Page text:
Rituals we have. Yes, still we do not accept death as an essential part of life. I wish they had taught me better or differently about that...

  9. I saw this movie and I was intriqued by it too. It is interesting to consider the many ways of saying good bye to a loved one.

    I'm back to reading your posts and am so glad. I've missed your thoughts and look forward to resuming my own blogging. Take care Susan.

  10. In my part of the world, the dead are never left to rest because of all the drama that accompanies their departure, unfortunately. The crying and wailing is ceaseless, and it seems the more one cries the more attention is received. I often wonder if that is the purpose.

    I don't know if you know but one of my focuses is working with the dying. I also do grief and bereavement work, in general. Death is not the morbid thing society has come to make it out to be. It is, indeed, a peaceful passing into another dimension. I think we should allow the dying to go where they please, and wish them the best in their new place of being.

    A fascinating topic, this!

    Wishing you a lovely weekend, Susan.


  11. Hello SAusan:

    I agree that the Japanese & Chinese movies are very artfully done with beautiful images. The last Japanese movie I saw was, The Last Gaysha. Brittish movies have good actors and as for the American movies, they are really at a low level today with actor that are chosen for their pastic surgury rather than acting talents.

    In my culture and the culture I now live in, I think that there is an insane emphasis on youth and a fear of death. Old people are no longer respected or listened to. Perhaps, they are near to death and are to be avoided for this reason.

    I have been able to see the dead and listen to them at times since a child and they are usually joyous and have comforting words for the ones left behind in human form who seem to have a difficult time dealing with their loss. The Phophet Jesus said, "Let the dead take care of the dead" and I see this as good and sound advise.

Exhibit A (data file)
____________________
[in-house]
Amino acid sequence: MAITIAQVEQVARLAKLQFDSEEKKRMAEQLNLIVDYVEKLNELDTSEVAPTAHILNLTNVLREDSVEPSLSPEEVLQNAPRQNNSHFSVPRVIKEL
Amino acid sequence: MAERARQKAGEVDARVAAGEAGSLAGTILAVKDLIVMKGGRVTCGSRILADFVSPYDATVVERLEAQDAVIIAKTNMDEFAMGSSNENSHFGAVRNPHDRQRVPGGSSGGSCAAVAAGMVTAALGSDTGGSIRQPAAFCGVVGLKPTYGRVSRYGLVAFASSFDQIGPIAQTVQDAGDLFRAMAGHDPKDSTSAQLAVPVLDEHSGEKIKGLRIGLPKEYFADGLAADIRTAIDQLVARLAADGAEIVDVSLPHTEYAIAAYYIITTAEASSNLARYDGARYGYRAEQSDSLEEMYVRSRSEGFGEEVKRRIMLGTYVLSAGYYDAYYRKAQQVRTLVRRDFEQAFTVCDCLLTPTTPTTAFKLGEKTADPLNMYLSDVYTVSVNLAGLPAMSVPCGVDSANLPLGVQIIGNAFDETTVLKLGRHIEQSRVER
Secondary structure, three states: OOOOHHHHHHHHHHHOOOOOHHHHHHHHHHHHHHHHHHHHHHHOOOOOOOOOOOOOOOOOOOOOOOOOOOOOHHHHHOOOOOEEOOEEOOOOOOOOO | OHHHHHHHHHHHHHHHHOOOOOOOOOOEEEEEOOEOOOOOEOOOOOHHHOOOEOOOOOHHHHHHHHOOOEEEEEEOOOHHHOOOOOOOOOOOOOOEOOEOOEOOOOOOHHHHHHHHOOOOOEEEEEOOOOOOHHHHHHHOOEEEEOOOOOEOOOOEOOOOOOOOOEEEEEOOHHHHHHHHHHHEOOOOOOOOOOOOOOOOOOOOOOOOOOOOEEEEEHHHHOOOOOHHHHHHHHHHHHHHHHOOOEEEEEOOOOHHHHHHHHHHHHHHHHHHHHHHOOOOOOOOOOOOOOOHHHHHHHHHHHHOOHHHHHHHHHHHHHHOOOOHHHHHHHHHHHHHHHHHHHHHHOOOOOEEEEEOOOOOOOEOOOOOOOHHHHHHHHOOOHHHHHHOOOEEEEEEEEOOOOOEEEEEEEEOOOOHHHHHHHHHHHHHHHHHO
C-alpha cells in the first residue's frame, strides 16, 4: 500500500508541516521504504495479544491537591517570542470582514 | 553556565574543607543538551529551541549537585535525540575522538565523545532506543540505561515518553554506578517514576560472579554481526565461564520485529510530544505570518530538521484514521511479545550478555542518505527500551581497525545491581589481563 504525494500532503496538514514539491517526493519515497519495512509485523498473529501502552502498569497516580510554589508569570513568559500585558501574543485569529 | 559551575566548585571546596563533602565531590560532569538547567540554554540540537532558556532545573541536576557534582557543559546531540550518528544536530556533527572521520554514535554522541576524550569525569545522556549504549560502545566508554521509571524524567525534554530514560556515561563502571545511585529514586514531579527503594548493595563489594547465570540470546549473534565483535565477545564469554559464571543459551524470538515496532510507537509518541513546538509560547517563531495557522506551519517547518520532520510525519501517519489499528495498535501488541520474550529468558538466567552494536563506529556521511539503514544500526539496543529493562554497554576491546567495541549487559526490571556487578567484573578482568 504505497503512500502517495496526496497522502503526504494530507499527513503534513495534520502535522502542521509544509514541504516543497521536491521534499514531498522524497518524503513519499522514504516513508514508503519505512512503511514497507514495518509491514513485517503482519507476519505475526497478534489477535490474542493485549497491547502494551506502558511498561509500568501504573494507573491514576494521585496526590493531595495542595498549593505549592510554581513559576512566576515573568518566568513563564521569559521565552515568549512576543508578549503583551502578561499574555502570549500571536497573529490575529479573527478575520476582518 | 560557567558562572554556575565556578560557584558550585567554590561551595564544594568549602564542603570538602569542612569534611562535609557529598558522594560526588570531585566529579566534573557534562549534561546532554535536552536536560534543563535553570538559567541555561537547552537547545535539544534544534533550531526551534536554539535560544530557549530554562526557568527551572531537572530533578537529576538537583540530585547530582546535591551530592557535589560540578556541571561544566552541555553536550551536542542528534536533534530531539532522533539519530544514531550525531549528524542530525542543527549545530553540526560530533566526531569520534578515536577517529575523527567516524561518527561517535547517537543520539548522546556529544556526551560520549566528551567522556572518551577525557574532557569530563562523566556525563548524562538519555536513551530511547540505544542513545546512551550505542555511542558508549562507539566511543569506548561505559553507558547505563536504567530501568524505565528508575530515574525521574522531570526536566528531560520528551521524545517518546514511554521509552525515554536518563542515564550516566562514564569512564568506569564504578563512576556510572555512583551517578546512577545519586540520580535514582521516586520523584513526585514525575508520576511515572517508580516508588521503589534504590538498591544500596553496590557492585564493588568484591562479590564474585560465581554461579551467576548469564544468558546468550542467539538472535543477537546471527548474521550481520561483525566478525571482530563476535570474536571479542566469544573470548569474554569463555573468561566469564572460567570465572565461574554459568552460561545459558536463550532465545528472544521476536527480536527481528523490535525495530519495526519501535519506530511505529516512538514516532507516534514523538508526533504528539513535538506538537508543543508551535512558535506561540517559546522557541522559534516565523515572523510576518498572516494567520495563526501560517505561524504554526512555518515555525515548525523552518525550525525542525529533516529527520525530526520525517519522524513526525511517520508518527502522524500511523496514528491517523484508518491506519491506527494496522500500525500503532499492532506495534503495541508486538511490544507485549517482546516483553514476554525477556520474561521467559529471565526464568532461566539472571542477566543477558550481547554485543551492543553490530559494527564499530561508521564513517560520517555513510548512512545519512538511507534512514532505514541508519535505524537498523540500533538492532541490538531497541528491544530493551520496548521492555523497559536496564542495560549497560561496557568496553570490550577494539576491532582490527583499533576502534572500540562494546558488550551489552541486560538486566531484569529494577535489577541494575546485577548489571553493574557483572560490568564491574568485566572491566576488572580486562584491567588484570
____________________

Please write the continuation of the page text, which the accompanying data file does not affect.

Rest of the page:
The dead have a system in place to take care of new arrivals and less of the fears & drives associated with the human existence.

    I was in a 3 day coma as a child of two and remember floating over my body when I was seriously injured and unconscious and in the hospital watching my young parents at the time in their grief and terror and wondered what all the fuss was able. I was very happy and felt great and in no danger at all. This is probably the reason why I have never had much fear of death and can cross the line between life & death from time to time.

    I've had the view that it's harder to survive a tragic event with deaths than to pass on for most of my life.

    As far of my American culture, that Land worships the dollar and has little faith in anything else except for a small per cent of people with good sense and a natural faith. This is why they are such a fearful people who have lost their way.

    I have been lucky to meet a few saints in my homeland and these were usually common people or Nature americans of older age who had strong faith in whatever religion that they subscribed to. I have always thought that a Land of great darkness will draw a few of great Light to it to keep the balance. Perhaps something to ponder.

    Take care Susan,

  12. Encantador blog el tuyo, un placer haberme pasado por tu espacio.

    Saludos y un abrazo.

  13. sounds quite touching. i might put that on my list of movies-to-watch.

    japanese movies are so profound as are a lot of european films.

    have a lovely weekend!

    betty xx

  14. This sounds like a wonderful movie to watch. Sometimes we focus so much on the English movies that we forget about the brilliant foreign films out there.

    I am going to add this movie to my list! Have a great weekend.

  15. Coming from a mixed-family I've been exposed to films of different cultures from childhood. I'm half Sicilian but grew up in the States, the lived in Bangladesh and India for 10 years and loved Asian movies (especially the ones with Amitabh Bhachan and Aruk Khan:) My husband is Japanese so I love Japanese movies. I see you're from Tamil Nadu. When I was in New Delhi, I studied Bharat Natyam under Guru Dakshinamoorthi, who was from Tamil Nadu and his wife often prepared idlis and sambhar for me. We all love Indian food in my family. I'm following you from Trapani, Sicily.